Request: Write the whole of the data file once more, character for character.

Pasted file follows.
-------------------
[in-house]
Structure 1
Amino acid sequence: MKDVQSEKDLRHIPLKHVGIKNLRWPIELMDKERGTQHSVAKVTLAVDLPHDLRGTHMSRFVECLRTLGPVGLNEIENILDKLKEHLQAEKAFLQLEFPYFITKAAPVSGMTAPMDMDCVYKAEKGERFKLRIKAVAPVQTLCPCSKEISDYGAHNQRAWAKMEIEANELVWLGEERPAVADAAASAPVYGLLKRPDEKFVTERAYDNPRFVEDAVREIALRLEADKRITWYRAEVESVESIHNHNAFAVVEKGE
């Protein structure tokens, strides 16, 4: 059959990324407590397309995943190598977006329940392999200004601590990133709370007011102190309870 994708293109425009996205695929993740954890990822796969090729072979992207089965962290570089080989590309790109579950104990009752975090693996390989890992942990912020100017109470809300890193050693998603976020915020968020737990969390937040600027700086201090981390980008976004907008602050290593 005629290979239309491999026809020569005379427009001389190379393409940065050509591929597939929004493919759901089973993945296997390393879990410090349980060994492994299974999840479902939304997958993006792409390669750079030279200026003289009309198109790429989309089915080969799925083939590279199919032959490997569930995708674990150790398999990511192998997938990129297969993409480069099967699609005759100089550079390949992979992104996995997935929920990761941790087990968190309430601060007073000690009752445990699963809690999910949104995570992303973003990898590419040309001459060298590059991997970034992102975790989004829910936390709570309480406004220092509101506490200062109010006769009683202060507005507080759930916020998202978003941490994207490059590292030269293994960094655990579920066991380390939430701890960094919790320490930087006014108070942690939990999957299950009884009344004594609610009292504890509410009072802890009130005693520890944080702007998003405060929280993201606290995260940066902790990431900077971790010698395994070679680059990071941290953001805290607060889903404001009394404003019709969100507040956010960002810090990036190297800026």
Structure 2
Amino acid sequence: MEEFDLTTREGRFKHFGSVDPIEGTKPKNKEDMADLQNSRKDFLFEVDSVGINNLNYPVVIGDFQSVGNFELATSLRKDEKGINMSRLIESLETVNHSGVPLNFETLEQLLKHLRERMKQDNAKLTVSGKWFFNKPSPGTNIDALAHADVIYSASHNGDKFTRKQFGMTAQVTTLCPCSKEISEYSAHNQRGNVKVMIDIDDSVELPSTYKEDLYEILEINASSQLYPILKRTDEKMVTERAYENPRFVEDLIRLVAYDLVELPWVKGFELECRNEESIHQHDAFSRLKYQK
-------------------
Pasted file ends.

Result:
[in-house]
Structure 1
Amino acid sequence: MKDVQSEKDLRHIPLKHVGIKNLRWPIELMDKERGTQHSVAKVTLAVDLPHDLRGTHMSRFVECLRTLGPVGLNEIENILDKLKEHLQAEKAFLQLEFPYFITKAAPVSGMTAPMDMDCVYKAEKGERFKLRIKAVAPVQTLCPCSKEISDYGAHNQRAWAKMEIEANELVWLGEERPAVADAAASAPVYGLLKRPDEKFVTERAYDNPRFVEDAVREIALRLEADKRITWYRAEVESVESIHNHNAFAVVEKGE
């Protein structure tokens, strides 16, 4: 059959990324407590397309995943190598977006329940392999200004601590990133709370007011102190309870 994708293109425009996205695929993740954890990822796969090729072979992207089965962290570089080989590309790109579950104990009752975090693996390989890992942990912020100017109470809300890193050693998603976020915020968020737990969390937040600027700086201090981390980008976004907008602050290593 005629290979239309491999026809020569005379427009001389190379393409940065050509591929597939929004493919759901089973993945296997390393879990410090349980060994492994299974999840479902939304997958993006792409390669750079030279200026003289009309198109790429989309089915080969799925083939590279199919032959490997569930995708674990150790398999990511192998997938990129297969993409480069099967699609005759100089550079390949992979992104996995997935929920990761941790087990968190309430601060007073000690009752445990699963809690999910949104995570992303973003990898590419040309001459060298590059991997970034992102975790989004829910936390709570309480406004220092509101506490200062109010006769009683202060507005507080759930916020998202978003941490994207490059590292030269293994960094655990579920066991380390939430701890960094919790320490930087006014108070942690939990999957299950009884009344004594609610009292504890509410009072802890009130005693520890944080702007998003405060929280993201606290995260940066902790990431900077971790010698395994070679680059990071941290953001805290607060889903404001009394404003019709969100507040956010960002810090990036190297800026």
Structure 2
Amino acid sequence: MEEFDLTTREGRFKHFGSVDPIEGTKPKNKEDMADLQNSRKDFLFEVDSVGINNLNYPVVIGDFQSVGNFELATSLRKDEKGINMSRLIESLETVNHSGVPLNFETLEQLLKHLRERMKQDNAKLTVSGKWFFNKPSPGTNIDALAHADVIYSASHNGDKFTRKQFGMTAQVTTLCPCSKEISEYSAHNQRGNVKVMIDIDDSVELPSTYKEDLYEILEINASSQLYPILKRTDEKMVTERAYENPRFVEDLIRLVAYDLVELPWVKGFELECRNEESIHQHDAFSRLKYQK